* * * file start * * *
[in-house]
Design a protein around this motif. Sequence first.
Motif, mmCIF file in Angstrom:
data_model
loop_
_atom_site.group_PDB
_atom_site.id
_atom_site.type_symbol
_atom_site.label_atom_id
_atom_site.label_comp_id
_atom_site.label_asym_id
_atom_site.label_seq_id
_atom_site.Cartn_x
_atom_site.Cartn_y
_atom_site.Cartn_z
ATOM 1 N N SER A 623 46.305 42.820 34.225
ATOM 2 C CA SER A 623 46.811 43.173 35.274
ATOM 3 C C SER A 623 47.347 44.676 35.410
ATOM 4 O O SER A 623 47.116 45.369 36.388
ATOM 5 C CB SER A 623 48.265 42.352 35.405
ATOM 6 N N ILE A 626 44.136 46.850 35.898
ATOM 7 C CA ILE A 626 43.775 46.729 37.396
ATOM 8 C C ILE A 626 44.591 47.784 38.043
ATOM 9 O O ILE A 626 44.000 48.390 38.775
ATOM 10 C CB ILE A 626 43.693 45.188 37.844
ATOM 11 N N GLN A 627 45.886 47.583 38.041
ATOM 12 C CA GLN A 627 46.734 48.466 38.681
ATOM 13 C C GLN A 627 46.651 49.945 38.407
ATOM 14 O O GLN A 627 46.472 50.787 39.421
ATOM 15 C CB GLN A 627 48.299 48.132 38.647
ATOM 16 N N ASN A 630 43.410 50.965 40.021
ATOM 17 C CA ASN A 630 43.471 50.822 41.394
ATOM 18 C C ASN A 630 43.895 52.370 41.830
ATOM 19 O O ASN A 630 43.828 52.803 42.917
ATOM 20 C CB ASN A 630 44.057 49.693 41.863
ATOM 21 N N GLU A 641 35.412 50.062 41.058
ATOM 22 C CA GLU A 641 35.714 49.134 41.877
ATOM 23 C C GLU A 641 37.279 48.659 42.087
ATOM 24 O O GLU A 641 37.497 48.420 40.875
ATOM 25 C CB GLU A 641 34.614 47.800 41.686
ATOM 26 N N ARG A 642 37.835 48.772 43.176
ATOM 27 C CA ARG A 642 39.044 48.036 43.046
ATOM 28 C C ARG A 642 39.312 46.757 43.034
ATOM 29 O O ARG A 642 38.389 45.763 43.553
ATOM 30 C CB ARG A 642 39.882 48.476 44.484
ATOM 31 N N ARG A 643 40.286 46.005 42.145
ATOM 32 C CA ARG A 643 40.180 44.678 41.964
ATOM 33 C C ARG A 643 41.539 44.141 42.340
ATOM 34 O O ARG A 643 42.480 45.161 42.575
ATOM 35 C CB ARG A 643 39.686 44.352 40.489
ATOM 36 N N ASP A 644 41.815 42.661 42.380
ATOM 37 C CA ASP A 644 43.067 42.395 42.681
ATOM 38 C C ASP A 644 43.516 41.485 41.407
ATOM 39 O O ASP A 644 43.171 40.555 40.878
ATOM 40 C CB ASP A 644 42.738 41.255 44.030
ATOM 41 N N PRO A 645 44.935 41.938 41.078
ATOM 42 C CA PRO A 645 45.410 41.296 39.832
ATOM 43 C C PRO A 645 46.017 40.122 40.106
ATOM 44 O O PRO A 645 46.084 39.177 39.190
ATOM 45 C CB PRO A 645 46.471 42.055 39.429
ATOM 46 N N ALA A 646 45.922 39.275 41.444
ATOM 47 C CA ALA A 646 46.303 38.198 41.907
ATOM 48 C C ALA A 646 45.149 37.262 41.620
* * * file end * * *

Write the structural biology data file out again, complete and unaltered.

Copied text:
[in-house]
Design a protein around this motif. Sequence first.
Motif, mmCIF file in Angstrom:
data_model
loop_
_atom_site.group_PDB
_atom_site.id
_atom_site.type_symbol
_atom_site.label_atom_id
_atom_site.label_comp_id
_atom_site.label_asym_id
_atom_site.label_seq_id
_atom_site.Cartn_x
_atom_site.Cartn_y
_atom_site.Cartn_z
ATOM 1 N N SER A 623 46.305 42.820 34.225
ATOM 2 C CA SER A 623 46.811 43.173 35.274
ATOM 3 C C SER A 623 47.347 44.676 35.410
ATOM 4 O O SER A 623 47.116 45.369 36.388
ATOM 5 C CB SER A 623 48.265 42.352 35.405
ATOM 6 N N ILE A 626 44.136 46.850 35.898
ATOM 7 C CA ILE A 626 43.775 46.729 37.396
ATOM 8 C C ILE A 626 44.591 47.784 38.043
ATOM 9 O O ILE A 626 44.000 48.390 38.775
ATOM 10 C CB ILE A 626 43.693 45.188 37.844
ATOM 11 N N GLN A 627 45.886 47.583 38.041
ATOM 12 C CA GLN A 627 46.734 48.466 38.681
ATOM 13 C C GLN A 627 46.651 49.945 38.407
ATOM 14 O O GLN A 627 46.472 50.787 39.421
ATOM 15 C CB GLN A 627 48.299 48.132 38.647
ATOM 16 N N ASN A 630 43.410 50.965 40.021
ATOM 17 C CA ASN A 630 43.471 50.822 41.394
ATOM 18 C C ASN A 630 43.895 52.370 41.830
ATOM 19 O O ASN A 630 43.828 52.803 42.917
ATOM 20 C CB ASN A 630 44.057 49.693 41.863
ATOM 21 N N GLU A 641 35.412 50.062 41.058
ATOM 22 C CA GLU A 641 35.714 49.134 41.877
ATOM 23 C C GLU A 641 37.279 48.659 42.087
ATOM 24 O O GLU A 641 37.497 48.420 40.875
ATOM 25 C CB GLU A 641 34.614 47.800 41.686
ATOM 26 N N ARG A 642 37.835 48.772 43.176
ATOM 27 C CA ARG A 642 39.044 48.036 43.046
ATOM 28 C C ARG A 642 39.312 46.757 43.034
ATOM 29 O O ARG A 642 38.389 45.763 43.553
ATOM 30 C CB ARG A 642 39.882 48.476 44.484
ATOM 31 N N ARG A 643 40.286 46.005 42.145
ATOM 32 C CA ARG A 643 40.180 44.678 41.964
ATOM 33 C C ARG A 643 41.539 44.141 42.340
ATOM 34 O O ARG A 643 42.480 45.161 42.575
ATOM 35 C CB ARG A 643 39.686 44.352 40.489
ATOM 36 N N ASP A 644 41.815 42.661 42.380
ATOM 37 C CA ASP A 644 43.067 42.395 42.681
ATOM 38 C C ASP A 644 43.516 41.485 41.407
ATOM 39 O O ASP A 644 43.171 40.555 40.878
ATOM 40 C CB ASP A 644 42.738 41.255 44.030
ATOM 41 N N PRO A 645 44.935 41.938 41.078
ATOM 42 C CA PRO A 645 45.410 41.296 39.832
ATOM 43 C C PRO A 645 46.017 40.122 40.106
ATOM 44 O O PRO A 645 46.084 39.177 39.190
ATOM 45 C CB PRO A 645 46.471 42.055 39.429
ATOM 46 N N ALA A 646 45.922 39.275 41.444
ATOM 47 C CA ALA A 646 46.303 38.198 41.907
ATOM 48 C C ALA A 646 45.149 37.262 41.620